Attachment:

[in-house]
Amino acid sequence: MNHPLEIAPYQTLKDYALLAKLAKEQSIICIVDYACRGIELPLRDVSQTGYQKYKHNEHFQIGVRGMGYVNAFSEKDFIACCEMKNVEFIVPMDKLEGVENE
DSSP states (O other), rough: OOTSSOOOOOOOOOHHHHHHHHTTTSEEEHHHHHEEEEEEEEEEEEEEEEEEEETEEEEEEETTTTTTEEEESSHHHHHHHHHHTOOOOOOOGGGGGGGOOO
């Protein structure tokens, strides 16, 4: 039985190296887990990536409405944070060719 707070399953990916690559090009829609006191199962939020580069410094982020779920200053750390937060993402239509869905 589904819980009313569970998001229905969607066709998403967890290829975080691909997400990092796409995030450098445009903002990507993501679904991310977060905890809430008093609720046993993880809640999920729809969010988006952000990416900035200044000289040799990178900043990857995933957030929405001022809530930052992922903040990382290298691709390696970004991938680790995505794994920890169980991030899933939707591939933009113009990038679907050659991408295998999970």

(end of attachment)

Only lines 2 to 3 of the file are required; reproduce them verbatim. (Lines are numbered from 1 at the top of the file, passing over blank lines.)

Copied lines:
Amino acid sequence: MNHPLEIAPYQTLKDYALLAKLAKEQSIICIVDYACRGIELPLRDVSQTGYQKYKHNEHFQIGVRGMGYVNAFSEKDFIACCEMKNVEFIVPMDKLEGVENE
DSSP states (O other), rough: OOTSSOOOOOOOOOHHHHHHHHTTTSEEEHHHHHEEEEEEEEEEEEEEEEEEEETEEEEEEETTTTTTEEEESSHHHHHHHHHHTOOOOOOOGGGGGGGOOO